I interpret your question more broadly as one about whether protectionism has ever "worked". Two economists that think it has are Chang Ha-Joon and Dani Rodrik. You can therefore look up their work.
Two arguments they use are:
- The infant industry argument.
In a 2007 article, Chang gives various examples of protectionism "working", including the US in the 19th century:
the US shifted to protectionism after the Anglo-American War of 1812. By the 1830s, its industrial tariff rate, at 40-50 per cent, was the highest in the world, and remained so until the Second World War.
The other oft-cited examples are East Asian economies like Japan, Korea, and Taiwan in the postwar era.
- The second-best argument.
The world is a second-best place and so movements towards seemingly-freer trade may not always be a good thing. Classic example as told by Rodrik (2015):
imagine that beef is supplied by the United States to Germany at a price of \$100. Assume that Germany imposes a tariff of 20 percent, raising the consumer price of US beef in the German market to \$120. France, meanwhile, can supply beef of equivalent quality only at a price of \$119. Prior to the preferential agreement between France and Germany, French suppliers, facing the same tariff rate as US producers, were outcompeted. Now consider what happens when Germany eliminates its tariffs on imports from France but keeps in place those on the United States. French-supplied beef suddenly becomes cheaper in Germany (\$119 versus \$120), and imports from the United States collapse. German consumers are better off by \$1, but the German government forfeits \$20 of tariff revenue previously collected on US beef (which could have been handed back to consumers or used to reduce other taxes in Germany). On balance, Germany gets a raw deal.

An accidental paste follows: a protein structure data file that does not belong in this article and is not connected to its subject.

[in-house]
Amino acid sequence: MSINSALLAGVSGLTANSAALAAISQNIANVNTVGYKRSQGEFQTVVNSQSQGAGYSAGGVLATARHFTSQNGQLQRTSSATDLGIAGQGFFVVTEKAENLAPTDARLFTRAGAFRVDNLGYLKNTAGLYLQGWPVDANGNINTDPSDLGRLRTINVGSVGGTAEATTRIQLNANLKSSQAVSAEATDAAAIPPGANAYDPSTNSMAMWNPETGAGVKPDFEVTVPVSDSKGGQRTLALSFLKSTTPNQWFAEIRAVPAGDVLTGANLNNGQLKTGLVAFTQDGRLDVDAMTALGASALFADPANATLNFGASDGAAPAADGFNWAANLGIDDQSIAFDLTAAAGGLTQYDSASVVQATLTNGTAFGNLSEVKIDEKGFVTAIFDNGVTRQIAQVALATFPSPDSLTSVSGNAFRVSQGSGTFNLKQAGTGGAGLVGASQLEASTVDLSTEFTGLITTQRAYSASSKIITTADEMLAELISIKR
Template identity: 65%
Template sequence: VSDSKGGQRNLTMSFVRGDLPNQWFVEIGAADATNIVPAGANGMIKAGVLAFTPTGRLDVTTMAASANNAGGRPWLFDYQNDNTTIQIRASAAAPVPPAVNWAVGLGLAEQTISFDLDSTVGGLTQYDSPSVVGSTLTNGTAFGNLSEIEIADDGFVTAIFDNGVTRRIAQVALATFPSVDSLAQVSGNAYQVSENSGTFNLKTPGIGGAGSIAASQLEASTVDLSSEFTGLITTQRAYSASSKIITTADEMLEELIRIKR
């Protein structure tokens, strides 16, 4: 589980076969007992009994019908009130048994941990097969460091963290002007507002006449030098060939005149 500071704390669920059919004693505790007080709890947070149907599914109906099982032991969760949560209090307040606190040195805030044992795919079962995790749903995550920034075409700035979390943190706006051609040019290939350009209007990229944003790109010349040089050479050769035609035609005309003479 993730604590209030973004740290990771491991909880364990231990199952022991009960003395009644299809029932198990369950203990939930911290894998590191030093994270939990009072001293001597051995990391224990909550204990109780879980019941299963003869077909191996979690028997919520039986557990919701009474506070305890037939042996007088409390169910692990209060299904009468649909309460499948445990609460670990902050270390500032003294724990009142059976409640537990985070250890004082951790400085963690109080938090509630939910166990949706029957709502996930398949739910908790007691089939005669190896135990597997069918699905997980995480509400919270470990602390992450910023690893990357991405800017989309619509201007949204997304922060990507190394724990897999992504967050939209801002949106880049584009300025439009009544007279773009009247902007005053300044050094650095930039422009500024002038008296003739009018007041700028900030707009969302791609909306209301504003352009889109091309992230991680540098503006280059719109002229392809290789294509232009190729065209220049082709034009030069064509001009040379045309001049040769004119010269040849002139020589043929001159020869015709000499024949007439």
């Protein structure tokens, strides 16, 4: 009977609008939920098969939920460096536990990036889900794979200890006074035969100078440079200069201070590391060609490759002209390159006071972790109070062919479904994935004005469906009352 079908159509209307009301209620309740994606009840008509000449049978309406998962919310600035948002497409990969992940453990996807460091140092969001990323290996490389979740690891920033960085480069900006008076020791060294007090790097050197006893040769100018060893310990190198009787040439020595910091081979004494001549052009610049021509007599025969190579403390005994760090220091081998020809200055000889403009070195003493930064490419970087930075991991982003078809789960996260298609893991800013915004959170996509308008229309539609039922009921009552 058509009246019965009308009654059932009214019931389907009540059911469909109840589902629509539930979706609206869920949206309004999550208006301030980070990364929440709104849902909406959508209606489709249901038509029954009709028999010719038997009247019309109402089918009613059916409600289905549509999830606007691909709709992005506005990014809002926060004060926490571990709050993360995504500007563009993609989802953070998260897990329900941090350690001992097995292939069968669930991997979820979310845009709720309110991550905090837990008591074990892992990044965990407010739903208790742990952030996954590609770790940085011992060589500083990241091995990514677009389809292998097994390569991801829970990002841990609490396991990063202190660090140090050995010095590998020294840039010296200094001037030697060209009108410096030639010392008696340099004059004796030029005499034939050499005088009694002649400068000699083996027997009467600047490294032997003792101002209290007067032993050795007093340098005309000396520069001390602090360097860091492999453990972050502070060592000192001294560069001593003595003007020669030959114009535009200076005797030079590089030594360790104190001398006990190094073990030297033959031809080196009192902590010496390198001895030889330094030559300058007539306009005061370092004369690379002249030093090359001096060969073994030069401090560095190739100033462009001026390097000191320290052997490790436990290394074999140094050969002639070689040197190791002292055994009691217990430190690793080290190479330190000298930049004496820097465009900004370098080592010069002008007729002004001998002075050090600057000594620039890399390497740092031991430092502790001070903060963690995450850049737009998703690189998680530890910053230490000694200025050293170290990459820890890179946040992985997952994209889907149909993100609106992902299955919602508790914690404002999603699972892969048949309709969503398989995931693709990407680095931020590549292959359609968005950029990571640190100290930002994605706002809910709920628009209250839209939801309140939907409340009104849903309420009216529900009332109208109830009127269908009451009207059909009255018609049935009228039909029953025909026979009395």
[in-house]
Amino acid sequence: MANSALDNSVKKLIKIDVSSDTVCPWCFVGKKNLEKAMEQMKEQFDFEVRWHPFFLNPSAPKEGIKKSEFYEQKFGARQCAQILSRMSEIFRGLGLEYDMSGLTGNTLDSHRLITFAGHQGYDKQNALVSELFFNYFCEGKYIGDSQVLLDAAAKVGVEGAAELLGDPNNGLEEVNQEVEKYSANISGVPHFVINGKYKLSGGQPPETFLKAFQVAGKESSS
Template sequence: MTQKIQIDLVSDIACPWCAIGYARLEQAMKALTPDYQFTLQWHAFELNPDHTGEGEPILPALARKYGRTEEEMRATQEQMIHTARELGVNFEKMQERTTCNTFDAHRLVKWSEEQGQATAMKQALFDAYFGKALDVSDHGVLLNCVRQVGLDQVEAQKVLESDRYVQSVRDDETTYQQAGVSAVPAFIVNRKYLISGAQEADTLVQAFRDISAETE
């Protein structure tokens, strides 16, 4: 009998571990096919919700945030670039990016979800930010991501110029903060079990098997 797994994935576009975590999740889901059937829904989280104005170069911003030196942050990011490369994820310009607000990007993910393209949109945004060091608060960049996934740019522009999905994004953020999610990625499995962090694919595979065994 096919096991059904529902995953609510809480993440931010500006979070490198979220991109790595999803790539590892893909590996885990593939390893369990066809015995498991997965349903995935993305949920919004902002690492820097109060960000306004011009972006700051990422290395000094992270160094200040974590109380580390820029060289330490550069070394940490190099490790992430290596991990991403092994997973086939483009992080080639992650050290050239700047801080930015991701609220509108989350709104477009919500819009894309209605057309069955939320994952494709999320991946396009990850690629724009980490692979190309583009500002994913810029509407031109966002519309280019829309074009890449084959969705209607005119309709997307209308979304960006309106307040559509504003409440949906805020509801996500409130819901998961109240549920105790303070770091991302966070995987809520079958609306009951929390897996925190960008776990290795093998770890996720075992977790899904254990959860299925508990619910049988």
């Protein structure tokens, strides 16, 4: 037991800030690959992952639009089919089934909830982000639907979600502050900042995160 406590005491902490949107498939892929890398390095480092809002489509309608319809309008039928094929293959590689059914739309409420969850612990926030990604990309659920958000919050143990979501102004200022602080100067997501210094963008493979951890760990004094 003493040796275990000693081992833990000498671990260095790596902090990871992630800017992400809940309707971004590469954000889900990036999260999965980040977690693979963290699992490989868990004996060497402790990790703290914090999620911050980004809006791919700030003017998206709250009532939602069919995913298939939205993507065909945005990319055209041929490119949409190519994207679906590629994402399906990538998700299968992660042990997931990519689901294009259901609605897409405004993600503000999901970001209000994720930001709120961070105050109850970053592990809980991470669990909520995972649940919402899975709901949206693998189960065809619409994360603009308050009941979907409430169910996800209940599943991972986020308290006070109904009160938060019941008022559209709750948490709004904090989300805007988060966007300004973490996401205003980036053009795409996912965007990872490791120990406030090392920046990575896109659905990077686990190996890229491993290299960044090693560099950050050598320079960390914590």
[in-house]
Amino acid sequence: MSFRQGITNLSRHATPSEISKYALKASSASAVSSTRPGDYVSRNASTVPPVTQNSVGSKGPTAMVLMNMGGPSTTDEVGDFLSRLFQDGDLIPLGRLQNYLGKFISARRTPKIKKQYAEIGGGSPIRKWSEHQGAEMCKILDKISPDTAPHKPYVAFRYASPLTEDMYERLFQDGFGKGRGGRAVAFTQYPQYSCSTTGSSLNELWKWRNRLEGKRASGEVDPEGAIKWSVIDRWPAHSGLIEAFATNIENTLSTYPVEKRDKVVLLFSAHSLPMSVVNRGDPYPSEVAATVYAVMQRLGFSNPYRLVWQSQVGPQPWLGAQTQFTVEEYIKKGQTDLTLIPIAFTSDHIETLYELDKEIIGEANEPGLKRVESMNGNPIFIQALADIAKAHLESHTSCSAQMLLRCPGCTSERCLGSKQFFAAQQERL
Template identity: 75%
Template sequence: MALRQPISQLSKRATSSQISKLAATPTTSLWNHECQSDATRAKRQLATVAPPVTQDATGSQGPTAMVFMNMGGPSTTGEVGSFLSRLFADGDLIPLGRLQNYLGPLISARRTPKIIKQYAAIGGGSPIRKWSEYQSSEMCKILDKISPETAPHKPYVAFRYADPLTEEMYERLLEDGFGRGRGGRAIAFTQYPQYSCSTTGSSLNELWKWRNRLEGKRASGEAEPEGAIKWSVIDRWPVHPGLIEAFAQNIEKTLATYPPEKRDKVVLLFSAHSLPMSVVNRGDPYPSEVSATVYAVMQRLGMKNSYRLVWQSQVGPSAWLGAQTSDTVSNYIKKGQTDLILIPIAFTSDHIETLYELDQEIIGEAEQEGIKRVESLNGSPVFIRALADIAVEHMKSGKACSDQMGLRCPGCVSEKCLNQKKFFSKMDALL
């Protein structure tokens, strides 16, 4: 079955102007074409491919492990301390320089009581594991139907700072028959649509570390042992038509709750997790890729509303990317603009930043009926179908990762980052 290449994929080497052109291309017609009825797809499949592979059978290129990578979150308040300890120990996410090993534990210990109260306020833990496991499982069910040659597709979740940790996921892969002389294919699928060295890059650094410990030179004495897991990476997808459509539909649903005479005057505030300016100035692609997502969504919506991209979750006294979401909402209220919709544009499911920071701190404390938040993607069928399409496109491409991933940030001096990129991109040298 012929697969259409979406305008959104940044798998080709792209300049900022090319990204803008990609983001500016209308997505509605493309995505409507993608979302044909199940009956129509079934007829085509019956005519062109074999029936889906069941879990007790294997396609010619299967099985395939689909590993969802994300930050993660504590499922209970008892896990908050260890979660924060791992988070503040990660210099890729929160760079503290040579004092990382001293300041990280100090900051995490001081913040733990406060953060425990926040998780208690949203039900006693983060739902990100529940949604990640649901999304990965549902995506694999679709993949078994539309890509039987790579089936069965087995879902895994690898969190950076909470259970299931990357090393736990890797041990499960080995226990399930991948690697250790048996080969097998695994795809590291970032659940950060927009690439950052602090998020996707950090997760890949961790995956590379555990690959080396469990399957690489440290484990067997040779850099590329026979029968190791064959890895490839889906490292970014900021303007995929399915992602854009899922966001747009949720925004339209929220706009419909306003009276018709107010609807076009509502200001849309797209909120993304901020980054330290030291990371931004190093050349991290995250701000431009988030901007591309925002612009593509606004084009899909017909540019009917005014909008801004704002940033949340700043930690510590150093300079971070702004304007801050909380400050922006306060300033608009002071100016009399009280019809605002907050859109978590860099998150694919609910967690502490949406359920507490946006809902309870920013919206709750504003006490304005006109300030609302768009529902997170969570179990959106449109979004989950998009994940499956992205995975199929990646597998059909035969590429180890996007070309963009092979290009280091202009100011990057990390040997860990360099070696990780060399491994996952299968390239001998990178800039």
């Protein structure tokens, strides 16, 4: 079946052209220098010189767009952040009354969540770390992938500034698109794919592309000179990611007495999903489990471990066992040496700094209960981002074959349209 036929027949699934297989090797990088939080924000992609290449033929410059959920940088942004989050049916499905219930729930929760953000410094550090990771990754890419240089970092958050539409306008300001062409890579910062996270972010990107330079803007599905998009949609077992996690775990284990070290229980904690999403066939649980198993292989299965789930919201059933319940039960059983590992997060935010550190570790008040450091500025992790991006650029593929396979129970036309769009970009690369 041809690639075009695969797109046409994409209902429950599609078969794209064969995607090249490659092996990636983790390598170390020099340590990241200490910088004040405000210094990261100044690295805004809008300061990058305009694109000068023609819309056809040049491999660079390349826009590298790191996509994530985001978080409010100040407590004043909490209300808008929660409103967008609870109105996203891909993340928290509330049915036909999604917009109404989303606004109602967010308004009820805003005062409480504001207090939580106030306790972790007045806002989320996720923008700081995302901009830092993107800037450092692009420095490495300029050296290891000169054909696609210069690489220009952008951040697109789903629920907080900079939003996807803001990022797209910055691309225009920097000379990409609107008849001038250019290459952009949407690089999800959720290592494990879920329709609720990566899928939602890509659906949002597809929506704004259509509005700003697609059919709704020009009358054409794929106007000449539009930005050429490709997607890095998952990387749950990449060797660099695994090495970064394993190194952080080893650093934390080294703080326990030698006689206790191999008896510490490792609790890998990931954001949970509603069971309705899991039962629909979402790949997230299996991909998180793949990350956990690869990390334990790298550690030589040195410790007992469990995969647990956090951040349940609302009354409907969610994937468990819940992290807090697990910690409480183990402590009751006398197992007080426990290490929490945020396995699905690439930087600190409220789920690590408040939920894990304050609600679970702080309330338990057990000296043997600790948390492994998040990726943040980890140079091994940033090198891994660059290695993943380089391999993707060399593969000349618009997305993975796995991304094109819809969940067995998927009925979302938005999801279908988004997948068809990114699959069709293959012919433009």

- Evaluating whether something has ever "worked" is fiendishly difficult in economics.
First we have to decide what the goals of the policies were and what would count as "working". Then we have to do the empirical analysis and evaluate quantitatively the degree to which the policies "worked".
So while Chang and Rodrik might give examples of protectionism "working" (19th-century US, Japan, Korea, Taiwan), other economists might disagree that protectionism really "worked" in these cases. Indeed, I am not aware that Chang or Rodrik has actually conducted any empirical analyses on this matter.
- Chang and Rodrik merely try to argue against the extreme position that free trade is always a good thing for everybody and in favor of the modest position that protectionism has sometimes "worked".
Most (all?) economists, including Chang and Rodrik, would agree with the following statements:
- Free trade is generally a good thing for most people.
- Tariffs are generally a bad thing for most people.
In contrast, a significant portion of the general public would disagree.